Leaks are in from someone allegedly in possession of an iPad 3. Fueling debate across sites, the key spec in question is the processor: will the iPad3 arrive with an A6 quad-core or an A5 dual-core processor.
BGR reported the latest reveal on the subject suggesting that the iPad 3 would almost certainly arrive with four cores firing. Why? Apparently someone in possession of the yet to be announced tablet let slip some code (below) indicating that not only would there be an LTE variant as predicted, the tab would feature a processor with a model number of S5L8945X. Using logical sequencing, the succession of cores from the A4 to A5 bumped the last two numbers up from 30 to 40. Now at 45, BGR infer there is a new processor on board and therefore it makes sense that it's the A6 everyone has been waiting for.
Not according to PhoneArena. Sourcing BGR, with some help from a wily reader, they explicitly suggest that this information points towards little more than a souped up dual-core processor in their next iPad. With a strapline indicating we'll likely see a two cored iPad 2S rather than a quad-core iPad 3, they treat the smaller number increase to be at the heart of their reasoning. If it was a 50x, then they might be convinced, but at 45x, it's likely a dual core "A5.5" chip.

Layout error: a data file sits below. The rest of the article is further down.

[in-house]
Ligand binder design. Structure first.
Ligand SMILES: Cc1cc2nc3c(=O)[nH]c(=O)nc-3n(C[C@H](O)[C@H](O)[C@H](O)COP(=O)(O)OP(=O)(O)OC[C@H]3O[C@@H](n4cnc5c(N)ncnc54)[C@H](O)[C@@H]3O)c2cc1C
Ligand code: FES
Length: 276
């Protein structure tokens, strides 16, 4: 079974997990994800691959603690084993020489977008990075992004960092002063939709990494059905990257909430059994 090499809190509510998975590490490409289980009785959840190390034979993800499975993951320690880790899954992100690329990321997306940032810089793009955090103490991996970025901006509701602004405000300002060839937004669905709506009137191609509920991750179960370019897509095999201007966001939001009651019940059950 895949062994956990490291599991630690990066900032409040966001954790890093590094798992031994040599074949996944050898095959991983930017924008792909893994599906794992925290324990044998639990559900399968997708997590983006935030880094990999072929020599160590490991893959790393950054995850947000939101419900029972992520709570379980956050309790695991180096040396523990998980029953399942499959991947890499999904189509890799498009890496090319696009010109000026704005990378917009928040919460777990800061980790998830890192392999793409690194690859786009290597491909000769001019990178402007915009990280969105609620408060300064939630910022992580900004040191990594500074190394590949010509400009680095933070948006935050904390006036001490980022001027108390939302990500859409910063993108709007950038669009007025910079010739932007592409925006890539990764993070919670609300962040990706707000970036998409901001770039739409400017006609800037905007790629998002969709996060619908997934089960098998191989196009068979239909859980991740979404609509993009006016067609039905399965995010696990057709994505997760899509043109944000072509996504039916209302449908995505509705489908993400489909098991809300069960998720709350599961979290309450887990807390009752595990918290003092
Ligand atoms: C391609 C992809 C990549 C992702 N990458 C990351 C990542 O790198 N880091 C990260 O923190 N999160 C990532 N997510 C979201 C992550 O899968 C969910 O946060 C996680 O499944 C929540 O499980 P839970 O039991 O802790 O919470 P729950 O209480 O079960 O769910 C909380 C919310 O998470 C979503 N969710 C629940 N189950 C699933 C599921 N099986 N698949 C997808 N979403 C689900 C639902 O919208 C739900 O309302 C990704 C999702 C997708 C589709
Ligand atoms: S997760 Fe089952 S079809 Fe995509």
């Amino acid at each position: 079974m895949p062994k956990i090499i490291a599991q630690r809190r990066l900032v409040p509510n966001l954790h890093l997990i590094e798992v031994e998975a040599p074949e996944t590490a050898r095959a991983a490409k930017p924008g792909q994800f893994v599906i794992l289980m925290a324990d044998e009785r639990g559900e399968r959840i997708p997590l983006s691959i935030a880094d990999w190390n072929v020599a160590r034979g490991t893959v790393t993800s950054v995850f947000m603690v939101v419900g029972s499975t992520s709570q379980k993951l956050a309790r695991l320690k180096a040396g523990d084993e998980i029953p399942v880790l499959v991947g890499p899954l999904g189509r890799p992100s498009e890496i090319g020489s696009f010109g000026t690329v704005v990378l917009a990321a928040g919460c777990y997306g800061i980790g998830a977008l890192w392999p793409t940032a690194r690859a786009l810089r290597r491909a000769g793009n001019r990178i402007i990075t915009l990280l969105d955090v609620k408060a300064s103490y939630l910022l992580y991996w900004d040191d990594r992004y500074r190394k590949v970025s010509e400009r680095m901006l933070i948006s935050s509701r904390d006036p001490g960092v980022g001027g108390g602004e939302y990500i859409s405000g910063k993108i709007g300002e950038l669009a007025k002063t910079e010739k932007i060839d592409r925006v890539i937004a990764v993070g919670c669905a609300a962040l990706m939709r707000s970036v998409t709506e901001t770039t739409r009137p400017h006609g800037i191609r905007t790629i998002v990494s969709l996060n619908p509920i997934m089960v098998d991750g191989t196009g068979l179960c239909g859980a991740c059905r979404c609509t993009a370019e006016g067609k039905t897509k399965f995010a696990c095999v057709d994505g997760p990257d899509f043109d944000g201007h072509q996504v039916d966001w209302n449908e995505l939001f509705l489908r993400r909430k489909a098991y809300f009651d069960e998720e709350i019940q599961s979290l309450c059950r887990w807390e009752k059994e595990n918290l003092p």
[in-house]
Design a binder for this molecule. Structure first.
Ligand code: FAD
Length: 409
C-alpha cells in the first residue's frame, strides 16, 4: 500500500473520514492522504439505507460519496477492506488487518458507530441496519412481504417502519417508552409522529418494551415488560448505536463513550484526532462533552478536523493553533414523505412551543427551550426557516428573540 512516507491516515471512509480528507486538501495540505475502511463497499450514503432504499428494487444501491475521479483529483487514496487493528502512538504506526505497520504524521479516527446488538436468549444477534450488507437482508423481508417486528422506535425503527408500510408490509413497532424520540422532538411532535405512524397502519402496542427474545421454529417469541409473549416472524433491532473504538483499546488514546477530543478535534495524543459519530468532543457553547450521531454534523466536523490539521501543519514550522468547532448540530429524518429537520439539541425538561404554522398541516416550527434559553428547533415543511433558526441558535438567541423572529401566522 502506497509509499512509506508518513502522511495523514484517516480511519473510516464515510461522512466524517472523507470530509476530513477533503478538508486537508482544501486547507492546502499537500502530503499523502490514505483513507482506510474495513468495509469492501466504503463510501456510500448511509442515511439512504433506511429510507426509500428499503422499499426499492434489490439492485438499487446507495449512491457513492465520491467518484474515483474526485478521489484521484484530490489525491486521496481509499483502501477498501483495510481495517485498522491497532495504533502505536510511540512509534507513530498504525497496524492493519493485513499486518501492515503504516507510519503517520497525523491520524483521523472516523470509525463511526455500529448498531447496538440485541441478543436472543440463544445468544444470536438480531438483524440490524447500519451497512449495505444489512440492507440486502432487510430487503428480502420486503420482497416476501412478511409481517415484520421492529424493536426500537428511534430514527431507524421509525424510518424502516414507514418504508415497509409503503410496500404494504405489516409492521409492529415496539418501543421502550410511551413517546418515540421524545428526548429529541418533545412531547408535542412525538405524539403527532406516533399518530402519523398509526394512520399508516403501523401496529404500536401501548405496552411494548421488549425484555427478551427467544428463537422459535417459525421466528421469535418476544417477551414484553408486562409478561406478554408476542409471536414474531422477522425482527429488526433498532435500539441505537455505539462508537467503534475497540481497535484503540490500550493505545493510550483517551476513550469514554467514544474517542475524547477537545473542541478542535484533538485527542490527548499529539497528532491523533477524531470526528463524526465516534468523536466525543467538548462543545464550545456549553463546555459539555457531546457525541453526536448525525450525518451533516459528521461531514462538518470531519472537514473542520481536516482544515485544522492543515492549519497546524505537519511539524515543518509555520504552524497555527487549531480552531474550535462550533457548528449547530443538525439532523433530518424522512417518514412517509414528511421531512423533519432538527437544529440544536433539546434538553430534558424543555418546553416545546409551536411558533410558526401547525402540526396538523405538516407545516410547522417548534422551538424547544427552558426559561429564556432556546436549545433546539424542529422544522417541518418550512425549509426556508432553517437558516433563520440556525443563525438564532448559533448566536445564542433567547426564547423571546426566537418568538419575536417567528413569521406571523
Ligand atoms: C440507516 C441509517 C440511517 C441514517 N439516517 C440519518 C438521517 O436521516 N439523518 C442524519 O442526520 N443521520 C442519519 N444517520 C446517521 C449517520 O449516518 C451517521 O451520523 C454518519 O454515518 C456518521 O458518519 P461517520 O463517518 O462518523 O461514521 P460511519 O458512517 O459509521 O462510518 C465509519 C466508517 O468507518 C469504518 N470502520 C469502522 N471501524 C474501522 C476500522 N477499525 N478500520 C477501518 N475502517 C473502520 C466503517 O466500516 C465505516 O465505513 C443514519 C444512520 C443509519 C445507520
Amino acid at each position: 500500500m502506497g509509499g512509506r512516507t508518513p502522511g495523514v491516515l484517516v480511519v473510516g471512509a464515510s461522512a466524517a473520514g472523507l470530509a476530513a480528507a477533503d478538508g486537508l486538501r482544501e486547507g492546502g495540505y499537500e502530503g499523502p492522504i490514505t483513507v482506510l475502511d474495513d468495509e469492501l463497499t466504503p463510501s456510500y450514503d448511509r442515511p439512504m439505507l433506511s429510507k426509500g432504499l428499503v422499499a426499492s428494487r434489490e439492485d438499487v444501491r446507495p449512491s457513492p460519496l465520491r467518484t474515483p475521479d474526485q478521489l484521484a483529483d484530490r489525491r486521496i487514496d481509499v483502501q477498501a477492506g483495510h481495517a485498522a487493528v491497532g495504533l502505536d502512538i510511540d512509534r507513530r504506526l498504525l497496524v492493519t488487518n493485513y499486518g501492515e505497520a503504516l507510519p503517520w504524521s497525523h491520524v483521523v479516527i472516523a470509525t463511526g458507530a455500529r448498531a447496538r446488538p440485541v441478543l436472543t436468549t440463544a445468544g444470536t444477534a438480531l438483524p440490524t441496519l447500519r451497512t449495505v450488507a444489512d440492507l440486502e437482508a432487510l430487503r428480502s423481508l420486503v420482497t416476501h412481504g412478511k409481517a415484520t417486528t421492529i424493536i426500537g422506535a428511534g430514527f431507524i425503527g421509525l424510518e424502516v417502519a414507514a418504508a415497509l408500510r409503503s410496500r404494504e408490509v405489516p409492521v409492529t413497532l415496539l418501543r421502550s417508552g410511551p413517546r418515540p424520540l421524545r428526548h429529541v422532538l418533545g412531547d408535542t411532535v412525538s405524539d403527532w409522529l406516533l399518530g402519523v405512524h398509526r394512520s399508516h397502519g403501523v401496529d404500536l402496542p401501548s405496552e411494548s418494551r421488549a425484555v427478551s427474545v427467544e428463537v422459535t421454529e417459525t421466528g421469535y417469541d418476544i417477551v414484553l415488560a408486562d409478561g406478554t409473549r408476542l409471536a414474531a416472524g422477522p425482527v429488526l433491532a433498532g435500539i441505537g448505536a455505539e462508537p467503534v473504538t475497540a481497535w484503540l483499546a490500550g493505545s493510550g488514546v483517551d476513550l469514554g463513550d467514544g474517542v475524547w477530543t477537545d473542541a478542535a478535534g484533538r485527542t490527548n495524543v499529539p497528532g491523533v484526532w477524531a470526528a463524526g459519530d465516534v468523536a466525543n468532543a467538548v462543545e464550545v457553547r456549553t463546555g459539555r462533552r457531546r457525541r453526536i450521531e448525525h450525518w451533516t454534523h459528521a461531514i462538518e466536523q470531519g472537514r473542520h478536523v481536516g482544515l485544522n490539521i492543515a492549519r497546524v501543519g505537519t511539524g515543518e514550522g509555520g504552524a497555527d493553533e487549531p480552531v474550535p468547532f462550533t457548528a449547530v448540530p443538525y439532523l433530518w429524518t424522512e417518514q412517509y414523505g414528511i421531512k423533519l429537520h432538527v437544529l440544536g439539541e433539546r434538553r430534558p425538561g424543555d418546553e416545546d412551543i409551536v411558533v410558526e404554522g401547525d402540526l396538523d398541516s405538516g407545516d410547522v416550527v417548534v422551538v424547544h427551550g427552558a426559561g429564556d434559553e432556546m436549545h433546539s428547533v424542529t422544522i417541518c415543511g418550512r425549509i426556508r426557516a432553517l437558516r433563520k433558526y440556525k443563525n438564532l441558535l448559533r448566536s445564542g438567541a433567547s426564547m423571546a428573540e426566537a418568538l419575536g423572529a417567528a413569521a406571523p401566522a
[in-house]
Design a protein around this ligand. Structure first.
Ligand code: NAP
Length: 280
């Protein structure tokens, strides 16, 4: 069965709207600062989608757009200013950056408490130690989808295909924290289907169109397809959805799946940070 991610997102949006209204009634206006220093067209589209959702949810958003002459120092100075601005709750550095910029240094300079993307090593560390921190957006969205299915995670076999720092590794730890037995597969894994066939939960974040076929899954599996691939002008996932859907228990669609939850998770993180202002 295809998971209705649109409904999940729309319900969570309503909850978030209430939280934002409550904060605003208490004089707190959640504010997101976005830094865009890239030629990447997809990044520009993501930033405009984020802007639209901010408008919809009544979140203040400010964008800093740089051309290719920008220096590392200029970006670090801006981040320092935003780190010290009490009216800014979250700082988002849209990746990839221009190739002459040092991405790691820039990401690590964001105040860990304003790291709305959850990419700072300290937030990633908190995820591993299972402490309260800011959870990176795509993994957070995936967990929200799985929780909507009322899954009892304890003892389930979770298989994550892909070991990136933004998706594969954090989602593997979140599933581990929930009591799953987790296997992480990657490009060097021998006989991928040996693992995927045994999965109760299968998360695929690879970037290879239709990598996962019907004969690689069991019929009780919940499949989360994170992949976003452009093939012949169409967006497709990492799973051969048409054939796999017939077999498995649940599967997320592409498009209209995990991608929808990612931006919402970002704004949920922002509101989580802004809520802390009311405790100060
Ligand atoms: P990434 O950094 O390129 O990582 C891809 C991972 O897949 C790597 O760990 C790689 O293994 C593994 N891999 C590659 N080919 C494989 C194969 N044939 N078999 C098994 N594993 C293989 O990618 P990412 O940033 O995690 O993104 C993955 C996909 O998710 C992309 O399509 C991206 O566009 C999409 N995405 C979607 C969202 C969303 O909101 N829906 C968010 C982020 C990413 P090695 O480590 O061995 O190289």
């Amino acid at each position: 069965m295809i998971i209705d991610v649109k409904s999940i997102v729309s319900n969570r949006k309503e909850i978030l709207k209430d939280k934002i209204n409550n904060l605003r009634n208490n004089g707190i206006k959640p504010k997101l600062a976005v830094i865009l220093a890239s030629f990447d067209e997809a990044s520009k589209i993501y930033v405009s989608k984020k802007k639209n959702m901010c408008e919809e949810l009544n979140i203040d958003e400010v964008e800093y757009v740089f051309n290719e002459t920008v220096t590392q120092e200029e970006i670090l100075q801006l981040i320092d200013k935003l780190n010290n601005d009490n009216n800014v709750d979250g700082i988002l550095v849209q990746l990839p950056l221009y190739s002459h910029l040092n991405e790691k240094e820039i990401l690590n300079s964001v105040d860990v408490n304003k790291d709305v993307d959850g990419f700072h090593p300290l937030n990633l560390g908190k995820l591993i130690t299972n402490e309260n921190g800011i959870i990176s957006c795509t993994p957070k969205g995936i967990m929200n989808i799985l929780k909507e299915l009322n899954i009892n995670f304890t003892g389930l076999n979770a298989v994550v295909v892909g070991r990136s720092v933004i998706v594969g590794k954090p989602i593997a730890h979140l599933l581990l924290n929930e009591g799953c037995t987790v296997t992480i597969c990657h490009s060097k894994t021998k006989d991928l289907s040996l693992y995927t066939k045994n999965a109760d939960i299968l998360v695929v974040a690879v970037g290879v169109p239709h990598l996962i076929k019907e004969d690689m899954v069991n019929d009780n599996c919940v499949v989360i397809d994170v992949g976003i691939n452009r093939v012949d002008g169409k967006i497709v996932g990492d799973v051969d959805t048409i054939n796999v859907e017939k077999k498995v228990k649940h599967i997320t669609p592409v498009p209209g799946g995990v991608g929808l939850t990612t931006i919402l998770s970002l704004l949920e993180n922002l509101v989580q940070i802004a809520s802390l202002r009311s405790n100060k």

What do we think? Given Apple's mastery of focus, each upgrade tends to tout one major spec soar, with incremental upgrades else where. We're already pretty sure that the screen on the next iPad will have a higher 'retina display' resolution. In turn, we doubt they'll use it to showcase their much anticipated A6 Processor, instead leaving that for either the iPhone 5 or the following iPad.
Perhaps the 45x processor leaked contains an additional companion core to complement its two primary cores, similar to that found in Tegra 3 processors. This low-powered core would kick in for non-demanding tasks, thus saving battery and ensuring optimal performance across the primary cores. With an April release on the cards for the the iPad 2S / iPad 3 we shouldn't have too long to wait.
Given iOS' efficiency as an operating system and how well the dual-cores manage day to day tasks, we'd still consider the next iPad if it didn't have four cores, as long as it actually did get the resolution bump we're longing for. Would you? Answers and opinions in the comments section below.